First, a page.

Vaishnavism and Cultures of Devotion in Colonial Bengal
- ISBN: 9780190686246
- Published By: Oxford University Press
- Published: September 2017
Unforgetting Chaitanya is a book about projects of fashioning an authentic Bengali self in the colonial encounter through narratives of loss, forgetfulness, and anamnesis—a recovery of something of great value that has been lost—in which the principal character is the great cultural hero of Bengal, Shri Caitanya (1486-1533). Varuni Bhatia argues in her book that various groups and individuals of 19th century Bengal indulged in such narratives of forgetfulness and anamnesis, to be distinguished from a similar discourse of decline in Bengali Vaishnavism, with several purposes, the principal of which were the cultural-nationalist and the religion-reformist. She further argues that these projects were essentially different than those of much-studied movements such as the Brahmo Samaj and the Ramakrishna Mission, in that they were not about creating universal Hinduism or effecting social change, but about fashioning a characteristically Bengali self and representing Vaishnavism in the colonial age.
Bhatia focuses on the character of Caitanya and argues that what made him an ideal medium for such projects was his “middleness” or malleability, consisting in his being a Brahmin and a Sanskrit scholar who did not care much for caste and was, therefore, open for appropriation by all kinds of agents and groups. Several areas in which she pursues the theme of unforgetting include the discourse of authentic Bengali language and literature around the medieval Vaishnava corpus, the formation of this corpus through projects of recovering and publishing Vaishnava literature, and a discourse of recovery of an authentic Vaishnava self that was, in fact, a process of discipline that aimed to define who a real Vaishnava was.
Perhaps the most interesting part of the book is its fifth chapter, which narrates the story of the rediscovery of Sri Caitanya’s birthplace by one of the most intriguing figures of the colonial encounter, Kedarnath Datta Bhaktivinoda (1838-1914). The chapter focuses on the theme of unforgetting through Bhaktivinoda’s struggle to rediscover Caitanya’s birthplace in Nabadwip, a town that had lost its former glory as a seat of Sanskrit learning and devotional fervor and the capital of the Sena dynasty. Bhatia tells a fascinating story of negotiating religious authority that may be taken as the quintessential illustration of the colonial encounter. Bhaktivinoda relied on all kinds of objective evidence such as maps, archeological reconstructions, topographical surveys, and so forth, to prove that the real birthplace of Caitanya was a spot that was initially revealed to him in a vision. However, the real twist in the story of rediscovery turns out to be a yearning for home—a yearning which becomes an Eliadean construction of sacred space—on Bhaktivinoda’s part: that is, an attempt not only to restore order from the chaos brought about by colonialism through constructing “sacred topography,” but also, and perhaps more significantly, to recreate the childhood home of pure happiness and absence of worry where he could finally rest from the long years of “subjugation and alienation,” the “homelessness, tiredness, and constant travel” of civil service (174).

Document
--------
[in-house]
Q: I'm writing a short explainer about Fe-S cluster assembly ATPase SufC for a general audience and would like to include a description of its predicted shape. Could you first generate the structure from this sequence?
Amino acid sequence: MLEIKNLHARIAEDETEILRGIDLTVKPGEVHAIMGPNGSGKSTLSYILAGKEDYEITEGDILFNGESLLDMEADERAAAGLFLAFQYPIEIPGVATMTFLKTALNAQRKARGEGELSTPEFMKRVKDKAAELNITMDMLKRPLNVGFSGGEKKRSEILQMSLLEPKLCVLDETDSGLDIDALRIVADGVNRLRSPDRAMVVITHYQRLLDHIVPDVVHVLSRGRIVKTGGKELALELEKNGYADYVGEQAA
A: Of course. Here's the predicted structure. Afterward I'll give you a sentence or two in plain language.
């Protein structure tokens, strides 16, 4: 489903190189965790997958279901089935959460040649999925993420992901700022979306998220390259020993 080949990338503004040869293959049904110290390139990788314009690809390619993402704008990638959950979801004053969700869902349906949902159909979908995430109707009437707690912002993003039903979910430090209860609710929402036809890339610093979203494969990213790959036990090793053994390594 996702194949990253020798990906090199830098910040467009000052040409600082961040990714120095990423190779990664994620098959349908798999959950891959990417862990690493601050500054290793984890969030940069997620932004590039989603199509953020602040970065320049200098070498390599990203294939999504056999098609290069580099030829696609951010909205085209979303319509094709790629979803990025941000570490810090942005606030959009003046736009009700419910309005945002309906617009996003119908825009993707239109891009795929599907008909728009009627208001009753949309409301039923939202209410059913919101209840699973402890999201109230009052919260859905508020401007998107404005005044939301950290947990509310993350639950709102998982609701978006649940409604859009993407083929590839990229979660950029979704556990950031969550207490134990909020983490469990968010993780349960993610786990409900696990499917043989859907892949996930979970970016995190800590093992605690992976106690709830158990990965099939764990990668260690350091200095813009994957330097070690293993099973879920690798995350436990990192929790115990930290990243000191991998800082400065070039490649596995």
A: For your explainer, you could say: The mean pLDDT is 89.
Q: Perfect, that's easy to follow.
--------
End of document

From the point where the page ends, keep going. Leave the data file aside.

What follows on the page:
In her argument for unforgetting as a conceptual frame through which the narrative of loss and recovery can be appreciated as an organic project of fashioning an authentic Bengali subject out of the colonized self, Bhatia depends on the idea of viraha or love in separation, generally associated with Krishna and his female lovers the gopis, but also common in references to Caitanya. Viraha essentially expresses remembrance of and longing for former happy times, and a hope for their return. That the spirit of viraha had an important role in the 19thcentury Bengal narratives of loss and recovery strikes me as the most valuable contribution of the book.
It would have been worthwhile, perhaps, if Bhatia had also focused on Caitanya’s hagiographies, which commonly depict a dire state of loss of religion and devotion in society prior to Caitanya’s birth, one which he himself is to rectify, and see how much the 19th century discourse of loss and recovery might have been an extension of these narratives.
Be that as it may, Unforgetting Chaitanya is a worthwhile reading for anyone interested in religion and the colonial encounter, rich in information and insight and gracefully written. Unfortunately, it requires at least another round of proofreading, as it is chock-full of inconsistencies in how Bengali names are transliterated, not to mention typos and occasional formatting blunders. Oxford University Press should know better even without the hefty price tag of $99.00.
Aleksander Uskokov is a doctoral candidate in South Asian Languages & Civilizations at the University of Chicago.Aleksander UskokovDate Of Review:April 27, 2018